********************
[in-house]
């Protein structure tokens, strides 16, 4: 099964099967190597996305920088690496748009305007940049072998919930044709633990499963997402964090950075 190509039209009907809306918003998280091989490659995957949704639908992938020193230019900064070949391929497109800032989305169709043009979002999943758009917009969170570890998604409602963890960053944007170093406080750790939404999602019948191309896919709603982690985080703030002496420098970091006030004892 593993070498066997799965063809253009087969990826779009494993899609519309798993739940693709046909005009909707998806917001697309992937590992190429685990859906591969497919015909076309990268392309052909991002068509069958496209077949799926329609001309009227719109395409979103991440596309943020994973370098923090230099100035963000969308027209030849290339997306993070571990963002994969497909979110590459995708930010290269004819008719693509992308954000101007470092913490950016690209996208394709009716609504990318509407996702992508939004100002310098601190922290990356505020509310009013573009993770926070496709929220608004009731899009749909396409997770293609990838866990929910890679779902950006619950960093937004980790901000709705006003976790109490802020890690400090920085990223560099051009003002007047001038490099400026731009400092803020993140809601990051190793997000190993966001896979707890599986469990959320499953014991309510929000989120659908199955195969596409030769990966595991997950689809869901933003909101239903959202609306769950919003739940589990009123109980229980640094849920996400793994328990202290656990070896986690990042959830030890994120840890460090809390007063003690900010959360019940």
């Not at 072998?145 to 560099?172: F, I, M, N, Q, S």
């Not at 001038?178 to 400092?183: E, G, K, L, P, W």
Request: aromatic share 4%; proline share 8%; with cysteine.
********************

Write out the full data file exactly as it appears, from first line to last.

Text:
[in-house]
């Protein structure tokens, strides 16, 4: 099964099967190597996305920088690496748009305007940049072998919930044709633990499963997402964090950075 190509039209009907809306918003998280091989490659995957949704639908992938020193230019900064070949391929497109800032989305169709043009979002999943758009917009969170570890998604409602963890960053944007170093406080750790939404999602019948191309896919709603982690985080703030002496420098970091006030004892 593993070498066997799965063809253009087969990826779009494993899609519309798993739940693709046909005009909707998806917001697309992937590992190429685990859906591969497919015909076309990268392309052909991002068509069958496209077949799926329609001309009227719109395409979103991440596309943020994973370098923090230099100035963000969308027209030849290339997306993070571990963002994969497909979110590459995708930010290269004819008719693509992308954000101007470092913490950016690209996208394709009716609504990318509407996702992508939004100002310098601190922290990356505020509310009013573009993770926070496709929220608004009731899009749909396409997770293609990838866990929910890679779902950006619950960093937004980790901000709705006003976790109490802020890690400090920085990223560099051009003002007047001038490099400026731009400092803020993140809601990051190793997000190993966001896979707890599986469990959320499953014991309510929000989120659908199955195969596409030769990966595991997950689809869901933003909101239903959202609306769950919003739940589990009123109980229980640094849920996400793994328990202290656990070896986690990042959830030890994120840890460090809390007063003690900010959360019940």
């Not at 072998?145 to 560099?172: F, I, M, N, Q, S």
């Not at 001038?178 to 400092?183: E, G, K, L, P, W």
Request: aromatic share 4%; proline share 8%; with cysteine.